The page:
2 Oct

cultural arts 

Celebrating 10 Years of Houston Excellence


The Museum of Cultural ArtsHouston is a museum without walls, one whose mission is to use art and creativity for social awareness and community development. 

Executive Director Reginald Adams and his wife Rhonda conceived the idea in a conversation about community kids who are unable or simply don’t visit the rich array of galleries, museums, and cultural venues Houston has to offer.  They, along with teams of volunteers and community support, bring the arts to neighborhood schools, churches, recreational centers and other public venues in the form of mosaic sculpture and murals.   This month MOCAH celebrates 10 years of excellence with more than 100 complete projects and a masquerade ball to rival the original which set it all in motion.    

The tradition of mosaic making dates back as far as 4,000 years and spans the world in various cultural traditions.   In Barcelona during the Art Nouveau era, Antoni Gaudi with Josep Jujol, created the magnificent mosaics of Guell Park in Barcelona, Spain.   Adams’ visit to Guell Park sparked the inspiration that brought the mosaics of MOCAH to Houston. An ideal medium for the humidity and climate changes of our city, mosaics also represent the diversity of our culture. Fragmented pieces of multiple odd shapes and sizes all finding their way to some cohesive whole image of place and identity.  Add this concept to the location of learning, and community for a winning combination that enriches our world. 

Adams views his work as fun, conversation, adventure; truly he loves what he does.  What if the purpose of life was to play?   Observing the contrast in the world makes him appreciate life all the more.   Constantly drawing on all that he saw, he knew early on how to shade, depicting objects in the third dimension. Michelle Barnes director of the Houston Community Arts Collective saw potential in his work and let him teach a class with kids.  His philosophy became draw enough of what you see and you will develop a technique you can teach.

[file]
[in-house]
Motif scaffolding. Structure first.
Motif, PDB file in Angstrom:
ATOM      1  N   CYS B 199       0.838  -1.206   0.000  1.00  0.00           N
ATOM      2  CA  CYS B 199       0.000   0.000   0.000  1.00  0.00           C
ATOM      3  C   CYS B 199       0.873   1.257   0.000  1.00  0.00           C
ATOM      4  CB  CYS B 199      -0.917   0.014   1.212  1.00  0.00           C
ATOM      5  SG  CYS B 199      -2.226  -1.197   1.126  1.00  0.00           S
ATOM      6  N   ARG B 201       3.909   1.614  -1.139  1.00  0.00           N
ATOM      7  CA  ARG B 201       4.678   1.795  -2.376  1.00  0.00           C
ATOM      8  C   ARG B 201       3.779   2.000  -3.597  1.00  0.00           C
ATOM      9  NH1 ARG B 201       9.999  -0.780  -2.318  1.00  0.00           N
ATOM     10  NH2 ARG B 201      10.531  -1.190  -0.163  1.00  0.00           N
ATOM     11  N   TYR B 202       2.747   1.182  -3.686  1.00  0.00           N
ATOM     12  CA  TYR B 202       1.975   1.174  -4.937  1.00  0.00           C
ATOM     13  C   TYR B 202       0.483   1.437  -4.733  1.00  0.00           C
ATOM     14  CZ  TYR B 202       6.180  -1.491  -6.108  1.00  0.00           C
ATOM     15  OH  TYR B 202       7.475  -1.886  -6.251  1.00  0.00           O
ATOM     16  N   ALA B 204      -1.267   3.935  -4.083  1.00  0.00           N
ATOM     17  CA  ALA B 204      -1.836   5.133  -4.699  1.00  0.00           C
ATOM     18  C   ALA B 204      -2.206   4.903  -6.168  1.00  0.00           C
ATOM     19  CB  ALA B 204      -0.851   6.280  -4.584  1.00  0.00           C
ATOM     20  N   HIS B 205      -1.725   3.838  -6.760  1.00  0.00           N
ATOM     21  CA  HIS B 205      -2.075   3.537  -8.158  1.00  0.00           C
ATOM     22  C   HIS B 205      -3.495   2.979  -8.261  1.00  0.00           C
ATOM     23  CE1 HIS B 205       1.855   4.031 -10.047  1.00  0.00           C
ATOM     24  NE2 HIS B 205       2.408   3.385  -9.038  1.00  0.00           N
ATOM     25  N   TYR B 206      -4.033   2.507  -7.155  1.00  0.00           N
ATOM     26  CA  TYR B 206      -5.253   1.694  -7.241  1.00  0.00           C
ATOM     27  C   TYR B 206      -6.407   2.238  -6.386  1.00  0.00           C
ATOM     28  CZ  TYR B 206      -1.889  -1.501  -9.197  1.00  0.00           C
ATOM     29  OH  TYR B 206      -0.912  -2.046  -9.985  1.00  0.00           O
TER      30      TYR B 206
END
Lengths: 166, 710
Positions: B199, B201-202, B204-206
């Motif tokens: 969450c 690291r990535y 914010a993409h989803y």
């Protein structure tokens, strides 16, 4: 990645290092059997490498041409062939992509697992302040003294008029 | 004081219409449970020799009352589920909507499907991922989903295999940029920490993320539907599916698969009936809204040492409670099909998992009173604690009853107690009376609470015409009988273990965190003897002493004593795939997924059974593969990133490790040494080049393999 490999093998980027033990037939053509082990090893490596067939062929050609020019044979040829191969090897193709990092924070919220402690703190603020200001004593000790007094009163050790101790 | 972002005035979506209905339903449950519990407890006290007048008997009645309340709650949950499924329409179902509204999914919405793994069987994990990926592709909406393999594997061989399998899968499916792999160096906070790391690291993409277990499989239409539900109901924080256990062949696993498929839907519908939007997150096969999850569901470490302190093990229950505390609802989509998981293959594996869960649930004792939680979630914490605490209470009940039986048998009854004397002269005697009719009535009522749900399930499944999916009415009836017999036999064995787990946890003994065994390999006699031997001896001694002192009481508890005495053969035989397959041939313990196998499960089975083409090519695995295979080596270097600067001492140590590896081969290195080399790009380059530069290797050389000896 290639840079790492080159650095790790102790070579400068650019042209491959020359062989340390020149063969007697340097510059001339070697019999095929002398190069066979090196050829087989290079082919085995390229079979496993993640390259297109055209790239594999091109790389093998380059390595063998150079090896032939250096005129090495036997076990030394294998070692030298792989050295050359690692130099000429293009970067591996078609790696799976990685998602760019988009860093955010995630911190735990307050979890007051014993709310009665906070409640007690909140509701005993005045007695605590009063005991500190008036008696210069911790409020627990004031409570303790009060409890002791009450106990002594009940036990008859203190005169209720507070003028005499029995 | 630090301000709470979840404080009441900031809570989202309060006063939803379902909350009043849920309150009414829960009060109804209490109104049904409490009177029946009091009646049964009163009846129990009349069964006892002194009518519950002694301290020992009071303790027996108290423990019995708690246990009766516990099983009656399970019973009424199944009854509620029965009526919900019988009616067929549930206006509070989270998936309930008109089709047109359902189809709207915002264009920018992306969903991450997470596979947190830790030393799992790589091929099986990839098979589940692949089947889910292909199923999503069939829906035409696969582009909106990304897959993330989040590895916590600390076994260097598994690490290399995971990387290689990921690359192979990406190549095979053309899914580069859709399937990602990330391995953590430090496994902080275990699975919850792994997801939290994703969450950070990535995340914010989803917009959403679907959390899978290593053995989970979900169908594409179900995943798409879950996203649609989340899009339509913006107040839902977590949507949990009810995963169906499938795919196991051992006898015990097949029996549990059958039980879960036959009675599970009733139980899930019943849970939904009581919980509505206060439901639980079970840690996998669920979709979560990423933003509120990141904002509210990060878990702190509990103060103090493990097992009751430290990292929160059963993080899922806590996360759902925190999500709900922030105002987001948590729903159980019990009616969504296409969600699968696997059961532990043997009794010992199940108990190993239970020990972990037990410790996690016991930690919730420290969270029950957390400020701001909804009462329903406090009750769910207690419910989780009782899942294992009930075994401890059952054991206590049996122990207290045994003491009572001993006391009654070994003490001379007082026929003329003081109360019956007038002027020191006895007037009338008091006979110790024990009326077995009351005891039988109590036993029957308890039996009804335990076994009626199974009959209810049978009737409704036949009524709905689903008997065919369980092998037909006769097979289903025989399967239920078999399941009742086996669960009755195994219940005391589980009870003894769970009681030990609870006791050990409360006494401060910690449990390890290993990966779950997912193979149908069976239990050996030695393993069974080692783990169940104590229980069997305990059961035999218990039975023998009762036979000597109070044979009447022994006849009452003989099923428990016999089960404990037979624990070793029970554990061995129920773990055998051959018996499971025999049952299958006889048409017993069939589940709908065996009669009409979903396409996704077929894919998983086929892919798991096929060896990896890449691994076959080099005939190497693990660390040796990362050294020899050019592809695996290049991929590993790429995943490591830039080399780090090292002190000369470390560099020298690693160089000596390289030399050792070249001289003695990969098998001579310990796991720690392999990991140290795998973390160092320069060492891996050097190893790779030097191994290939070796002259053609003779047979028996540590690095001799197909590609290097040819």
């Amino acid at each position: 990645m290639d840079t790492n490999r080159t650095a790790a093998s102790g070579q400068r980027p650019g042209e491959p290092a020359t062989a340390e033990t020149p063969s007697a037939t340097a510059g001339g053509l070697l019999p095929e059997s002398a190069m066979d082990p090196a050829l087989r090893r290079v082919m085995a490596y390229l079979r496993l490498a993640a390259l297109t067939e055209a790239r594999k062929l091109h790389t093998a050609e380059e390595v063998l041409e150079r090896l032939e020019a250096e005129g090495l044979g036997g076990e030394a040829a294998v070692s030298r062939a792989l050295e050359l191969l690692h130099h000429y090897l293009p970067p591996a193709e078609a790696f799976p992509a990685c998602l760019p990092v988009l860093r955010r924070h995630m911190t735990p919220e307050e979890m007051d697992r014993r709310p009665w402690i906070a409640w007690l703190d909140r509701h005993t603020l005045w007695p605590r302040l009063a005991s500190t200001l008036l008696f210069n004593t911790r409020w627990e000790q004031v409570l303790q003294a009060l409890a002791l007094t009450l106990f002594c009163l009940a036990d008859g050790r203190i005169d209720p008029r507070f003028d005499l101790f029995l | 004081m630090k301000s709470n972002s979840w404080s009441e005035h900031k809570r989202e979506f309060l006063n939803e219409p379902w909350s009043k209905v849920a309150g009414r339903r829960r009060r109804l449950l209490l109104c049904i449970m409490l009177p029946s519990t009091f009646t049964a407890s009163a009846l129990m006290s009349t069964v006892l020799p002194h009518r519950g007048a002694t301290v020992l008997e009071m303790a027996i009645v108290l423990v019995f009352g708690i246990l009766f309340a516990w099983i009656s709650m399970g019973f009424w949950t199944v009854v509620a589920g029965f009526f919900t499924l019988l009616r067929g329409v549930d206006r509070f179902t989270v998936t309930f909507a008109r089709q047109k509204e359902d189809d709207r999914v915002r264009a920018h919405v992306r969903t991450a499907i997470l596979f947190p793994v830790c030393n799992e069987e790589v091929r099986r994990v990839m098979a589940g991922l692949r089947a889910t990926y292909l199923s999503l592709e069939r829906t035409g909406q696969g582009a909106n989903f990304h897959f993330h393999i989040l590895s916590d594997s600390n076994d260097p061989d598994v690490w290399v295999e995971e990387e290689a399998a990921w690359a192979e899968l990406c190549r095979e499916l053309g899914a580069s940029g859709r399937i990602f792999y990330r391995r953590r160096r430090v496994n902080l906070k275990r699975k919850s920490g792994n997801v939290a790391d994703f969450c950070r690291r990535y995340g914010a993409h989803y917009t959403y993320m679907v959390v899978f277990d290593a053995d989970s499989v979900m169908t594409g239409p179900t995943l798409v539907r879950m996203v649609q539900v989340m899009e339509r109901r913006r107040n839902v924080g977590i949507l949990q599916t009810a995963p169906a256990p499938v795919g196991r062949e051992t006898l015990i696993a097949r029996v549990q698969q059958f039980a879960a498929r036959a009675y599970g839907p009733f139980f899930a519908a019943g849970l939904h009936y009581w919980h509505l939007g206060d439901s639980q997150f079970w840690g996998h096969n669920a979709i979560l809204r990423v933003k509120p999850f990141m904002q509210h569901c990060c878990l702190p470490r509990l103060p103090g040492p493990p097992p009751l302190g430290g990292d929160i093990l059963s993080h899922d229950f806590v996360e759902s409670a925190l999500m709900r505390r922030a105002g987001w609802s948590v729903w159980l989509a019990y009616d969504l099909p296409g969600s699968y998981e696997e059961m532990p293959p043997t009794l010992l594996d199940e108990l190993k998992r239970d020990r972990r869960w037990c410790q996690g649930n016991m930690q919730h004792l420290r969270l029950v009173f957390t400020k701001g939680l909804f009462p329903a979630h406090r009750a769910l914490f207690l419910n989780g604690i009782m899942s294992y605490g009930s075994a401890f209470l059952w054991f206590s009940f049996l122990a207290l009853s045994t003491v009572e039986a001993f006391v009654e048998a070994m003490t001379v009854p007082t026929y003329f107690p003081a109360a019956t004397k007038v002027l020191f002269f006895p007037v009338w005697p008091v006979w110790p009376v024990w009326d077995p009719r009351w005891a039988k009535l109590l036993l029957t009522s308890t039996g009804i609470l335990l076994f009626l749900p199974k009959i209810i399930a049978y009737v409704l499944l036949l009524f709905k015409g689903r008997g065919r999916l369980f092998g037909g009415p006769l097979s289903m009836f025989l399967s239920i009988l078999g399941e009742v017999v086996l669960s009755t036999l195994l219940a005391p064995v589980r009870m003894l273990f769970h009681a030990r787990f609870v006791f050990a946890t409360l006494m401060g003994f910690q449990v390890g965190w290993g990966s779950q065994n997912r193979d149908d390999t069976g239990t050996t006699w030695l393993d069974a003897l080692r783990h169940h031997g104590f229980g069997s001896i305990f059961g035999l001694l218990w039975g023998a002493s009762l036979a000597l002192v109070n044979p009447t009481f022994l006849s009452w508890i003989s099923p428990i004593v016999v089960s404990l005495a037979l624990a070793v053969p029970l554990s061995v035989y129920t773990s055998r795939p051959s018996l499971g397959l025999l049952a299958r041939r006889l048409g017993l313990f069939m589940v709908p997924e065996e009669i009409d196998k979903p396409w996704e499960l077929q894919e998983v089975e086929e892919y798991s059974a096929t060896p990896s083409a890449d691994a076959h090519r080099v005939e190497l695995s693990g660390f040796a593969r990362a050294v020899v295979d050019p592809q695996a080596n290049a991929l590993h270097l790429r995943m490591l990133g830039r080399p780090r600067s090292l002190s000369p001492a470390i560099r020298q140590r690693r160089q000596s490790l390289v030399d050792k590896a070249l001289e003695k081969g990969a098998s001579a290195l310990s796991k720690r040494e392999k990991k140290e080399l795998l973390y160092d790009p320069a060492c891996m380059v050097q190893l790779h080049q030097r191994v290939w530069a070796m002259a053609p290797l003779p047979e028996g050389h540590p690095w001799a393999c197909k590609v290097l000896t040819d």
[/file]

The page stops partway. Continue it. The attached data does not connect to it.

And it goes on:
As a self taught artist, he always did what felt good without directive or influence from a formalist school.  Striving to develop his own visual language, Adams began to play with various forms of expression and eventually became a resident artist with Writer’s in the Schools.  As resident artist, he experimented in a vast array of mediums, materials and techniques as he worked with kids and their writing instructor to develop visual projects that would compliment their literary interpretations.   He later worked as project coordinator for Project Row Houses. Here he learned to explore additional materials, and was exposed to less traditional art forms such as sound, installation, exploration of sensory experience and others.  

Adams’ father had a significant role in his life and he admires how well he cared for his family growing up.  A businessman of stature in the community he brought his boys to work exposing them to board room meetings and corporate structure.  In addition, as an expansive soil scientist, he worked on Indian reservations, and could name nearly every single plant, identify tree erosion patterns, and soil type. 

On one particular trip to the Grand Canyon, father and son stood one behind the other viewing the background texture of a north ridge, crisp crystal clear, cotton billowy sky, against thousands of colors in the rocks.  At that moment Adams desire to create was mirrored in the face of god leading to a decade of work that gives back to the community.    

A keen sense of observation, led Adams to begin asking questions.    Who funded this project? What would it take to bring art to kids where they live?   A short time later Adams was working with the Menil Collection, MFAH, and many others painting

murals, building MOCAH throughout the city, funding the projects along the way through various foundation grants and other sources.  What if living in the question was all it takes to change your reality?  

Adams was raised with the belief that if you see an injustice, say something, and if nothing happens, do something about it.  When his son was in first grade in public school he noticed a few things to change and he decided to run for the school board.    Based on his experience with various other boards Adams believed that by becoming a board member he could align with leadership he could make a difference and be an agent for change.  Laws are then passed and legislature is put in place to create change. 

When you are in alignment with a large number of people things happen however when you are out of alignment there is friction or resistance.  Running for the school board brought out the best and the worst in people. Supporters raised funds and worked around the clock yet when the final tallies were in Adams lost the race miserably.  Looking back he was never so relieved in his whole life.  Never was there such an uphill climb to serve resistance.  

This experience is valuable because it provided Adams with the clarity to know what he really wanted.   From that point Adams focus returned to his art through MOCAH.  Adams target is to empower kids by showing them a different way to be in the world.  The community is involved and many who participate engage on various levels crossing cultural and social boundaries.  

So in the end MOCAH makes a difference utilizing allowance, choice, and contribution.  The mosaics and mural pictured above were produced by the students from the High School for Law Enforcement and Criminal Justice and students from the YES Academy.  To see how MOCAH can facilitate a project in your community contact Reginald Adams Reginald@mocah.org. Read more about contemporary art at www.visualseen.net


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